Select the referenced assembly from the References list in the Solution Explorer and set the Copy Local and Specific Version fields to False.

Figure 3

Figure 3 - Set the reference properties for the proxy.

Use the same method to add a reference to Microsoft.Dss.Runtime.Proxy.dll. This DLL is also found in the bin directory.

Step 2: Subscribe to a Partner Service

Make the following changes in the ServiceTutorial5.cs.

Add an alias for the Service Tutorial 4 proxy. Proxies derive their namespace from the service namespace in the implementation assembly. The suffix Proxy is added to that namespace and assigned to the proxy.

C#
using rst4 = Robotics.ServiceTutorial4.Proxy

Add a partner using the same method used to add the subscription manager partner in Service Tutorial 4. You also need to add the field _clockNotify of the type rst4.ServiceTutorial4Operations, the type of the operations port of the service created in Service Tutorial 4. This field is the port on which this service receives notifications when you have created the subscription.

C#
// Partner with ServiceTutorial4 and refer to it by the name Clock
[Partner("Clock", Contract = rst4.Contract.Identifier, CreationPolicy = PartnerCreationPolicy.UseExistingOrCreate)]
rst4.ServiceTutorial4Operations _clockPort = new rst4.ServiceTutorial4Operations();
rst4.ServiceTutorial4Operations _clockNotify = new rst4.ServiceTutorial4Operations();

All that remains now is to subscribe to the partner service.

Before adding the subscription, there is a feature of the DsspServiceBase class that you might want to use with partnerships that have a UseExistingOrCreate policy. When it is starting a service, DssHost waits for a period of time (the default is 30 seconds) to see if an existing service partner can be found before creating a new one. This is necessary because it might take some time for all the services listed in a manifest to start up. For this tutorial however, an instance of Service Tutorial 4 must always be created (because it is not in the manifest), so it is desirable to shorten the timeout.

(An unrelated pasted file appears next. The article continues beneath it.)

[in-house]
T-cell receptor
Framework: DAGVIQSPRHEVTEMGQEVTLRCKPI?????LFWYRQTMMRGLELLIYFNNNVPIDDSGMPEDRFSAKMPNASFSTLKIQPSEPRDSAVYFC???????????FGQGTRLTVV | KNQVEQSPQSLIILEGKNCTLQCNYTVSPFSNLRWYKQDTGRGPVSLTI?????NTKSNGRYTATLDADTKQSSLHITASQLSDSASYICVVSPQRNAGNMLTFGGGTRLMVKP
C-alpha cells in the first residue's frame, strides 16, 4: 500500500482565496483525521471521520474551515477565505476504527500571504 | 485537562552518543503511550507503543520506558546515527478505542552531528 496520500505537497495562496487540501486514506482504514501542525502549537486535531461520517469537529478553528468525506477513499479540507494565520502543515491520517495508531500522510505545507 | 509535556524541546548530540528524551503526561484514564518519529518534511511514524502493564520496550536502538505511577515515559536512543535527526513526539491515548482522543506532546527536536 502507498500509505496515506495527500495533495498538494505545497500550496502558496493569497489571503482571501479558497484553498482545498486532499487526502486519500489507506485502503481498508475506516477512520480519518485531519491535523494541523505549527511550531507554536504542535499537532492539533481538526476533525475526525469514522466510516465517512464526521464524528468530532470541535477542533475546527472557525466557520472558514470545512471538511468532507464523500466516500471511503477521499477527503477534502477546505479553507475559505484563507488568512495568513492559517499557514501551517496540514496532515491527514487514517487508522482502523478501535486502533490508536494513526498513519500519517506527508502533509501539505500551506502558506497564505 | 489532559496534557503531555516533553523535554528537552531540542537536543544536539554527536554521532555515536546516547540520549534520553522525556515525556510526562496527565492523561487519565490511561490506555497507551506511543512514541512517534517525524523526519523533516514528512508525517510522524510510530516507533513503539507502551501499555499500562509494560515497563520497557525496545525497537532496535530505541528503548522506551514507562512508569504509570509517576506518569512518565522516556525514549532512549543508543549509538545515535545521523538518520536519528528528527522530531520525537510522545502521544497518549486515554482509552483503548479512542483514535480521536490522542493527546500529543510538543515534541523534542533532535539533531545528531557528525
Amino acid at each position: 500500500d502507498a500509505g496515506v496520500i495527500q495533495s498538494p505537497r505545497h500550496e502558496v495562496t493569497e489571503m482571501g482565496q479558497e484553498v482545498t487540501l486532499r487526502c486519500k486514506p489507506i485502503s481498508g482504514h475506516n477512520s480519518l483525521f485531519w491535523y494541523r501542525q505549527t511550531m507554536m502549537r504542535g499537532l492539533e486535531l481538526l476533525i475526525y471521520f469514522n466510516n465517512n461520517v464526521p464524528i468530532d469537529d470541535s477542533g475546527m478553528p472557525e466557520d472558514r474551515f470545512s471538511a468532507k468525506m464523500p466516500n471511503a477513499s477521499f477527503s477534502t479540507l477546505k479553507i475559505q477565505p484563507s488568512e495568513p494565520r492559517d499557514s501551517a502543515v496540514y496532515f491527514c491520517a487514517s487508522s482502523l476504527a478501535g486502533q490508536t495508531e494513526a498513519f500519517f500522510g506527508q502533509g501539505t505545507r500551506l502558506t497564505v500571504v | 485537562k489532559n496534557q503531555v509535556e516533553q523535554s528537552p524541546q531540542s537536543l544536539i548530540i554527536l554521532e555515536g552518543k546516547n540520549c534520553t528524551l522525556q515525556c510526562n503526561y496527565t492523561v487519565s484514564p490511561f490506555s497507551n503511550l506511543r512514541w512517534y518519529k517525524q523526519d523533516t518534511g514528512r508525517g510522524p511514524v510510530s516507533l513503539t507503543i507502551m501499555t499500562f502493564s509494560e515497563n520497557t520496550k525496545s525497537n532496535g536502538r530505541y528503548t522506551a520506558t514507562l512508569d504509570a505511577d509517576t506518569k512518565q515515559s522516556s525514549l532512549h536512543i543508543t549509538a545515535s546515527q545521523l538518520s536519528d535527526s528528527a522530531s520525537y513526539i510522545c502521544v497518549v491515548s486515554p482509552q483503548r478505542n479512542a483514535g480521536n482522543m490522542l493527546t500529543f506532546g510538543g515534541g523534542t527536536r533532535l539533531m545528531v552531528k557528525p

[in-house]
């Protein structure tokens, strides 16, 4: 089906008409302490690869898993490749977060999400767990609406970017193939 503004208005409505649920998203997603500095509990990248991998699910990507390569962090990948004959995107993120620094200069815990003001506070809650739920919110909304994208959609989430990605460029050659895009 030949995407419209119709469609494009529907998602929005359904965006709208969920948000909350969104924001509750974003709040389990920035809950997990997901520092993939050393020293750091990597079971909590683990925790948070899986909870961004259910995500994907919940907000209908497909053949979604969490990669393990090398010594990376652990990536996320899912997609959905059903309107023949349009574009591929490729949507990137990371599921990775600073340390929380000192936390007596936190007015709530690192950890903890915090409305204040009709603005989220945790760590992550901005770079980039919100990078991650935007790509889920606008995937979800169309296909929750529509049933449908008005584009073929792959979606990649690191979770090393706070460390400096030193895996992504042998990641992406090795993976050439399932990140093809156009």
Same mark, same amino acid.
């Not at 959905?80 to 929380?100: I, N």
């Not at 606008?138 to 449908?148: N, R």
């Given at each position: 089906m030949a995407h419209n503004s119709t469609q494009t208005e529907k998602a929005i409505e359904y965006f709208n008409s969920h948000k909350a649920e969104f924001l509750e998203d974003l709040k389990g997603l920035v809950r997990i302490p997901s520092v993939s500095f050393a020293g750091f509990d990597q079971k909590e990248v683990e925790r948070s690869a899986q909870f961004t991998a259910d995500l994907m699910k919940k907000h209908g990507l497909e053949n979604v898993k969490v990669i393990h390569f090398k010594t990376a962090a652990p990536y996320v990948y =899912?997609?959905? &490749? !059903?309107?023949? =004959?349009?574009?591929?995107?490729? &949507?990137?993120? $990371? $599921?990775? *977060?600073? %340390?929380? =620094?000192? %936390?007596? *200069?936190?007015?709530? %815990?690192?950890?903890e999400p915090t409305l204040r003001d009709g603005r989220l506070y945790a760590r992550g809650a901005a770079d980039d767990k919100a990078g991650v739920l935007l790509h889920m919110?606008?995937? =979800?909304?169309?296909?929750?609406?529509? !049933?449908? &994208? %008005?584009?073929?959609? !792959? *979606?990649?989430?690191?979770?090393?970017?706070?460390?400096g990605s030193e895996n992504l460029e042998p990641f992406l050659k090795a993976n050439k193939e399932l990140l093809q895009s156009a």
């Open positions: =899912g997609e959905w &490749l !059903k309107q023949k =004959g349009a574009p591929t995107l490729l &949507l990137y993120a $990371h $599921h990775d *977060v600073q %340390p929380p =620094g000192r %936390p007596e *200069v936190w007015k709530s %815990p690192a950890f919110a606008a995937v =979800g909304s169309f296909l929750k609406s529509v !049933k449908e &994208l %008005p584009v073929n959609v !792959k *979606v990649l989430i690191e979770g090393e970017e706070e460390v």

To change the timeout, you can add a line of code to the constructor for the service that sets the value of PartnerEnumerationTimeout as shown in the following code snippet. Note carefully that this extra line of code is in the constructor, not in the Start method.

C#
public ServiceTutorial5Service(DsspServiceCreationPort creationPort) :
        base(creationPort)
{
    PartnerEnumerationTimeout = TimeSpan.FromSeconds(10);
}

As you will recall from Service Tutorial 4 (C#) - Supporting Subscriptions, the service created there supported the message, Subscribe. When the proxy is generated, a utility function is generated for each message supported. In this case, the service calls the utility function for the Subscribe message. The single parameter for this overload is the notification port to which the subscription should send notifications.

Add the following code at the end of the Start method.

C#
_clockPort.Subscribe(_clockNotify);

If we build and run this service, we see the following messages in the http://localhost:50000/console/output log.

Console
.
.
.
Starting manifest load: file:///C:/MSRS/samples/config/ServiceTutorial5.manifest.xml
Manifest load complete
Service uri: http://localhost:50000/servicetutorial5
Service uri: http://localhost:50000/servicetutorial4
Subscribe request from: http://localhost:50000/servicetutorial5/NotificationTarget/7cf955e7-73ff-47cd-bdc0-d3a3a8251c49
Tick: 21
Tick: 22
Tick: 23
Tick: 24

Two things to note in this log: firstly, both the ServiceTutorial4 and ServiceTutorial5 services are started; and secondly, the log message noting the subscribe request being handled. The Uniform Resource Identifier (URI) passed here is the address of the notification port. This is used internally within the DSS infrastructure to route notifications to the port, _clockNotify.

Step 3: Handle Notifications